Free from any prejudice that this statement may create (since I didn't read it beforehand) I only have to agree. There's no way somebody can watch Herostratus and not be reminded of movies like Stanley Kubrick's "A clockwork orange" or Alan Parker's The Wall. In the case of the former, at least in one more way than just visual or conceptual: There's a scene in which the main character Max is eating a breakfast served by Farson. It's at this moment (if not before) that it becomes clear that his expressions and his manners, must have been a direct influence on Malcom McDowell's Alex. And of course, without movies like Herostratus, directors like David Lynch would have never existed.
BLU RAY PICTURE QUALITY: Amazing, for a movie this old. But enemies of the grain, beware: there are lots of it, since (thankfully) the restoration didn't include the hateful noise reduction, which allows the movie to retain a very cinematic look, full of detail.
In this regard, one thing is important: disc 2, as an extra, includes the movie in its original aspect ratio of 1.33.1, what is normally called "full frame". The main feature in disc one is 1.78.1, intended to fill the whole widescreen tv set. The explanation for this is that although the movie was filmed in a different aspect ratio, it was intended (by the director) to be showed in widescreen, so instructions were given to project it that way.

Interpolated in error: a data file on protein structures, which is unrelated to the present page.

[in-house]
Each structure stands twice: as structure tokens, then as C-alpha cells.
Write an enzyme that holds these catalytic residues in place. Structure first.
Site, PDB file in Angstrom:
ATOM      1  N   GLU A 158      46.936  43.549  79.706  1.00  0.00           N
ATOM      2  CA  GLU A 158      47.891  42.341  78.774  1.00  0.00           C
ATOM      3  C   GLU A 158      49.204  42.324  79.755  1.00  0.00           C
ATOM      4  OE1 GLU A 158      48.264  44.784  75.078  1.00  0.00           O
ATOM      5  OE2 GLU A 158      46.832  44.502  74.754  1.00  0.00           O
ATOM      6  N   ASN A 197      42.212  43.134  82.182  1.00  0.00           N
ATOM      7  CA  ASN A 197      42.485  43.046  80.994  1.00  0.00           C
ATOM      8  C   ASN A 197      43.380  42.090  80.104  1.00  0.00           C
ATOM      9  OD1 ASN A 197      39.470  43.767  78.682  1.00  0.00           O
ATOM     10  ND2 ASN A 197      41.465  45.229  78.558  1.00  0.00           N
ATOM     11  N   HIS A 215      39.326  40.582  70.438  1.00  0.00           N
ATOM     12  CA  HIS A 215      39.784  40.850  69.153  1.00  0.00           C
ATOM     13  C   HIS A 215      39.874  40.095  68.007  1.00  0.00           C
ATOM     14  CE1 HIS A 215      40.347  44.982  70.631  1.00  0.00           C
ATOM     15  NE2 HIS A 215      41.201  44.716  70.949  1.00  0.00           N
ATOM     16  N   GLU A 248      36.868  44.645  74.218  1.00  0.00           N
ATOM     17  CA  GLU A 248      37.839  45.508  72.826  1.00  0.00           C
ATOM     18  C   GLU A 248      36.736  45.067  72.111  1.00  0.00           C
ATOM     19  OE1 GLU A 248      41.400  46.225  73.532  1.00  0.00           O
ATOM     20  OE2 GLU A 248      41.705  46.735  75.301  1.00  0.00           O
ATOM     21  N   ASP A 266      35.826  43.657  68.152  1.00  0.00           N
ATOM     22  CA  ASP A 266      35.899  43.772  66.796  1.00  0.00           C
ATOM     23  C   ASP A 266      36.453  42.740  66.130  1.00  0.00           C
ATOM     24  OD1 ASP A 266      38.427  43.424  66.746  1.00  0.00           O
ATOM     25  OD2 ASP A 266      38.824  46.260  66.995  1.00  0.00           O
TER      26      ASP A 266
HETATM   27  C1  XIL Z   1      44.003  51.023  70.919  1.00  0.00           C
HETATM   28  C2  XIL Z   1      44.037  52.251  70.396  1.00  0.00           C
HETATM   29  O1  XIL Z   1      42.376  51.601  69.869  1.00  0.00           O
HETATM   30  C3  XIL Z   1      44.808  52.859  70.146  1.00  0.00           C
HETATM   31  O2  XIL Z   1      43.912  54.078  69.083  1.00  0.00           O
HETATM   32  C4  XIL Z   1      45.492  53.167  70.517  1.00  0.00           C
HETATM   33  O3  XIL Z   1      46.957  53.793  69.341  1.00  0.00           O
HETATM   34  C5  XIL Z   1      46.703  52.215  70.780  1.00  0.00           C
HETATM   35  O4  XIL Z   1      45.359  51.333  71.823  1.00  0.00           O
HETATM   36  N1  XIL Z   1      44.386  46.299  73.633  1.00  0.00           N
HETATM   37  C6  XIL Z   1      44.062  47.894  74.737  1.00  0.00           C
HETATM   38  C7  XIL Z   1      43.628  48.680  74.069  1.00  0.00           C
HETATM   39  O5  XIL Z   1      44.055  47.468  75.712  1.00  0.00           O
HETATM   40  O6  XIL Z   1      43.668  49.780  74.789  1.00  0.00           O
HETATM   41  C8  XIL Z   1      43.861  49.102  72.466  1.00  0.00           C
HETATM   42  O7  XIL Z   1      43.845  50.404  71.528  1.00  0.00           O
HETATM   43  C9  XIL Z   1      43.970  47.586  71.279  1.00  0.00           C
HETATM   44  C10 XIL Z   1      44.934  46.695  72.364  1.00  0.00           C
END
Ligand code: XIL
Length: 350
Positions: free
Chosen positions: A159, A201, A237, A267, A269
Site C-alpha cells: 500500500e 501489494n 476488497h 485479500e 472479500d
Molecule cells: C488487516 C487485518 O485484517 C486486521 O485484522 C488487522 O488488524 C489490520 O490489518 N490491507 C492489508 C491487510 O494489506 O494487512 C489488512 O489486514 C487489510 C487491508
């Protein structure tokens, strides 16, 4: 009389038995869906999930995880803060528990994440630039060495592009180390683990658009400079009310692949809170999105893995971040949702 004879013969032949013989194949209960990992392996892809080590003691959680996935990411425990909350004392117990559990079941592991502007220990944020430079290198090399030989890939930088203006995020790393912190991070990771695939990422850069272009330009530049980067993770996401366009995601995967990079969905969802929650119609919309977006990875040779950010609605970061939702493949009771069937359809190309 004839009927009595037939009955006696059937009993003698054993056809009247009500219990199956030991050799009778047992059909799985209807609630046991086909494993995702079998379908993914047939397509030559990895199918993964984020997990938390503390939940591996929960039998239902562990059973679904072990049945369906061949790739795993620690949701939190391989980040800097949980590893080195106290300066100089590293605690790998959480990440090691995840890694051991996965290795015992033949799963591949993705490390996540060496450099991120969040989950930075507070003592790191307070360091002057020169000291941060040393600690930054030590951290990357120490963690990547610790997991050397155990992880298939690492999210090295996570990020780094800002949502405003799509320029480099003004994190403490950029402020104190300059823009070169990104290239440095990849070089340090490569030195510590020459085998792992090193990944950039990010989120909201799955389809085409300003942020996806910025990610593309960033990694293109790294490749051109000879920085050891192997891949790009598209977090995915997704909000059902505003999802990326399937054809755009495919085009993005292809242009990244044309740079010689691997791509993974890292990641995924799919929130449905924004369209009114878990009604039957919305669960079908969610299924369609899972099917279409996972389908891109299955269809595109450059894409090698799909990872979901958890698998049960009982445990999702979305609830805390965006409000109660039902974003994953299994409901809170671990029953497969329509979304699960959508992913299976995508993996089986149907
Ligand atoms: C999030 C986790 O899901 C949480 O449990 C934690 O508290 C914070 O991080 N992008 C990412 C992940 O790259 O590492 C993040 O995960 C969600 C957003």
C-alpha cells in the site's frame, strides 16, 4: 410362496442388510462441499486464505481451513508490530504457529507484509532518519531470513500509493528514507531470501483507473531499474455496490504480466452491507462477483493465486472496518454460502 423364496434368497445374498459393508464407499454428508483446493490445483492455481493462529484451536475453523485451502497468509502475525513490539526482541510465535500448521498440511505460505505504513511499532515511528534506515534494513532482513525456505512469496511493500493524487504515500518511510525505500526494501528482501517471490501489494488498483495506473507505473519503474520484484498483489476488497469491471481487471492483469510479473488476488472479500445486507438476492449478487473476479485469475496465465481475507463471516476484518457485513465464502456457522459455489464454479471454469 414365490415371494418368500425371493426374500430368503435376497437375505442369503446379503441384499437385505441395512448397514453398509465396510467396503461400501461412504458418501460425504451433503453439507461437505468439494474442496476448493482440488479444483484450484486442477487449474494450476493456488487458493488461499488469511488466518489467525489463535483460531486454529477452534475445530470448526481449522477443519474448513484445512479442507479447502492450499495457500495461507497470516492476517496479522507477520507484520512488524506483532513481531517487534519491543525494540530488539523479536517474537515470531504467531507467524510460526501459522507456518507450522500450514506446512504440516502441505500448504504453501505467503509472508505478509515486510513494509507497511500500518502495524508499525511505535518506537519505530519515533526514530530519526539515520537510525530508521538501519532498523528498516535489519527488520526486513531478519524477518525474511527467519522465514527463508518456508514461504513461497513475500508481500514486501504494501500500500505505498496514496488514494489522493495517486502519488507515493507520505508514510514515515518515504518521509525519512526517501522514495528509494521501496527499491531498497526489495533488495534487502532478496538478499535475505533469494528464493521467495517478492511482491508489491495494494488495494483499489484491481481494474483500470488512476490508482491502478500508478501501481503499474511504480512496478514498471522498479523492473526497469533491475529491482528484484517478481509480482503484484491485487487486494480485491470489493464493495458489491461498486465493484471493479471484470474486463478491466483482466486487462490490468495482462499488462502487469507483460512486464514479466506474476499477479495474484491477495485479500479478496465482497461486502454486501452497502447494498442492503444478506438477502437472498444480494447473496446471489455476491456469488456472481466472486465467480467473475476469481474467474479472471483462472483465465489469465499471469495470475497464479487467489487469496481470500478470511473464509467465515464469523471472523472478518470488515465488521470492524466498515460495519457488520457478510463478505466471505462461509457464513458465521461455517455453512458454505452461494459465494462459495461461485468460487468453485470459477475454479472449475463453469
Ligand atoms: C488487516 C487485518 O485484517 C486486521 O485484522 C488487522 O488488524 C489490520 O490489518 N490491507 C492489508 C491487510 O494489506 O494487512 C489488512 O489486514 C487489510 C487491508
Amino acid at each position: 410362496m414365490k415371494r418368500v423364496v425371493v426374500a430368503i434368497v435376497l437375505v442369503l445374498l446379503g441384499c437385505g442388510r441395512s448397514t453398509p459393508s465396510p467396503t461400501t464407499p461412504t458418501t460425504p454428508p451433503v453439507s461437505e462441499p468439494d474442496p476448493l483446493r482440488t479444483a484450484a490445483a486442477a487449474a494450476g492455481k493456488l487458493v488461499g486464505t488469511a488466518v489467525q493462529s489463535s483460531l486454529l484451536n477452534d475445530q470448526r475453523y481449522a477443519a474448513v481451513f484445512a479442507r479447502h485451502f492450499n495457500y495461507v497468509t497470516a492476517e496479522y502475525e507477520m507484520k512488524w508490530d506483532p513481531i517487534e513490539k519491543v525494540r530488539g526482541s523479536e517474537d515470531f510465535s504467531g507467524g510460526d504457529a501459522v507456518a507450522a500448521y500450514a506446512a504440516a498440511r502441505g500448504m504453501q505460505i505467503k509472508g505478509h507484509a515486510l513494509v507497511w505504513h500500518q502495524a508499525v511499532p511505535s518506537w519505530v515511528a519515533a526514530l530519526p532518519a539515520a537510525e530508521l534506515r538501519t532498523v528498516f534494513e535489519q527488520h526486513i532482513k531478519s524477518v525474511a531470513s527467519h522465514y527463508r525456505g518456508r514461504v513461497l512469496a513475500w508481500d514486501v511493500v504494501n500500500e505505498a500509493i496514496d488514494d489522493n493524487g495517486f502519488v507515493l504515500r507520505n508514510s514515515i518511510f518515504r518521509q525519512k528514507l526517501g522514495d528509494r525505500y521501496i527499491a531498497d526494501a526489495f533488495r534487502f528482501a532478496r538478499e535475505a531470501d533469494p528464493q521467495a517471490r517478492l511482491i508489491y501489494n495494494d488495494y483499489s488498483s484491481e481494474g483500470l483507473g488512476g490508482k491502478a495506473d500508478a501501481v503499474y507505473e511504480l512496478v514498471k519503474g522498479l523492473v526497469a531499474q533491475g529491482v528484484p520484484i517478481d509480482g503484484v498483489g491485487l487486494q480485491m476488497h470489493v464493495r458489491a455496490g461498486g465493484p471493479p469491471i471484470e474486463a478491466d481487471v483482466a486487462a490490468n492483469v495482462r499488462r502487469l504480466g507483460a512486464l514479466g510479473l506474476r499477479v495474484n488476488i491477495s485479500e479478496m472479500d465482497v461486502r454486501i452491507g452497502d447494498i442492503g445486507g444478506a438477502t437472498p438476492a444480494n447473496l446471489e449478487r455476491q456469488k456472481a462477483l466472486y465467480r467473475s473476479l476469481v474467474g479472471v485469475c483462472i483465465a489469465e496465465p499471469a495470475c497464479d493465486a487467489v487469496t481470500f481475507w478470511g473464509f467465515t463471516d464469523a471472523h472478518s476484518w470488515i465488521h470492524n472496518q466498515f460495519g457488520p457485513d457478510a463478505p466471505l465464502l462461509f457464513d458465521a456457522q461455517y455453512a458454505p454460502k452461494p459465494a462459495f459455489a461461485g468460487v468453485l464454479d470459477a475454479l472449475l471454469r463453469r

So, if you watch disc one, you are watching the movie as it's supposed to be watched, except that since it was filmed differently, it had to be zoomed in. In this way, some issues completely natural for a movie this old, and less noticeable in the original full frame transfer, become more evident in the widescreen presentation, namely the normal grain of the movie and heavy noise in dark scenes. So, unless you think you're not going to be distracted by these things, go ahead and watch the movie in disc one. But I highly recommend to watch it in its original aspect ratio.
And I also recommend this: watch the movie, and then hear the 38 minutes interview with the director. It will enhance your appreciation and understanding of the movie, and probably will make you want to watch it again as soon as possible.
Finally, I must add that the blu-ray is REGION FREE.